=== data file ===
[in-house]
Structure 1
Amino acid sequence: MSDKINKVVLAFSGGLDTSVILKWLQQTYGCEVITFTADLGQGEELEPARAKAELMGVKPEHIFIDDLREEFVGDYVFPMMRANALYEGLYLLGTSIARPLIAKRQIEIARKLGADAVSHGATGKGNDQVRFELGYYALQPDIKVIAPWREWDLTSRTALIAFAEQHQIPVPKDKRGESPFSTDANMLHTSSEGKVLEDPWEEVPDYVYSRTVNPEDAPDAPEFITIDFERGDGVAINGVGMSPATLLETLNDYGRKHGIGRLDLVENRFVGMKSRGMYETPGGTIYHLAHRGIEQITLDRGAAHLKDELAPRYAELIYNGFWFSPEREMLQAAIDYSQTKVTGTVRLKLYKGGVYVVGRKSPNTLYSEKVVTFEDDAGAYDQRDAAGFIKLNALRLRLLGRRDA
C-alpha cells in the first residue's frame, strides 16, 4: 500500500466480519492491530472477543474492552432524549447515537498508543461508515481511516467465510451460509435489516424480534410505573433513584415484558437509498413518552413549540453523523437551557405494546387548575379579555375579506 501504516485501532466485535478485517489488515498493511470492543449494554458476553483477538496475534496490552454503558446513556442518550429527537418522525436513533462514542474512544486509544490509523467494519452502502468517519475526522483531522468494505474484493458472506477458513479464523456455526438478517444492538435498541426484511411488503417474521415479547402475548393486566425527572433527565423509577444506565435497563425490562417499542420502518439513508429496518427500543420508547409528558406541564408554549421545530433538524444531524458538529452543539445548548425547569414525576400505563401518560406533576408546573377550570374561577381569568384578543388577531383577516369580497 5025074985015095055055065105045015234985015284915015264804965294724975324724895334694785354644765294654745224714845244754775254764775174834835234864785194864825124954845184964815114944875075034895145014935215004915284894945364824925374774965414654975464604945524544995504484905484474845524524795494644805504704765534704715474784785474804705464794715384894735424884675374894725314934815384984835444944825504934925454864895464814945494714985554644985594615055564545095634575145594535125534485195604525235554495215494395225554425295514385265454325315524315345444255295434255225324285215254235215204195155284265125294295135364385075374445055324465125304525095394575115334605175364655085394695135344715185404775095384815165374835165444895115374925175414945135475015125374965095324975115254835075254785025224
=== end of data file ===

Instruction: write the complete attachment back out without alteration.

[in-house]
Structure 1
Amino acid sequence: MSDKINKVVLAFSGGLDTSVILKWLQQTYGCEVITFTADLGQGEELEPARAKAELMGVKPEHIFIDDLREEFVGDYVFPMMRANALYEGLYLLGTSIARPLIAKRQIEIARKLGADAVSHGATGKGNDQVRFELGYYALQPDIKVIAPWREWDLTSRTALIAFAEQHQIPVPKDKRGESPFSTDANMLHTSSEGKVLEDPWEEVPDYVYSRTVNPEDAPDAPEFITIDFERGDGVAINGVGMSPATLLETLNDYGRKHGIGRLDLVENRFVGMKSRGMYETPGGTIYHLAHRGIEQITLDRGAAHLKDELAPRYAELIYNGFWFSPEREMLQAAIDYSQTKVTGTVRLKLYKGGVYVVGRKSPNTLYSEKVVTFEDDAGAYDQRDAAGFIKLNALRLRLLGRRDA
C-alpha cells in the first residue's frame, strides 16, 4: 500500500466480519492491530472477543474492552432524549447515537498508543461508515481511516467465510451460509435489516424480534410505573433513584415484558437509498413518552413549540453523523437551557405494546387548575379579555375579506 501504516485501532466485535478485517489488515498493511470492543449494554458476553483477538496475534496490552454503558446513556442518550429527537418522525436513533462514542474512544486509544490509523467494519452502502468517519475526522483531522468494505474484493458472506477458513479464523456455526438478517444492538435498541426484511411488503417474521415479547402475548393486566425527572433527565423509577444506565435497563425490562417499542420502518439513508429496518427500543420508547409528558406541564408554549421545530433538524444531524458538529452543539445548548425547569414525576400505563401518560406533576408546573377550570374561577381569568384578543388577531383577516369580497 5025074985015095055055065105045015234985015284915015264804965294724975324724895334694785354644765294654745224714845244754775254764775174834835234864785194864825124954845184964815114944875075034895145014935215004915284894945364824925374774965414654975464604945524544995504484905484474845524524795494644805504704765534704715474784785474804705464794715384894735424884675374894725314934815384984835444944825504934925454864895464814945494714985554644985594615055564545095634575145594535125534485195604525235554495215494395225554425295514385265454325315524315345444255295434255225324285215254235215204195155284265125294295135364385075374445055324465125304525095394575115334605175364655085394695135344715185404775095384815165374835165444895115374925175414945135475015125374965095324975115254835075254785025224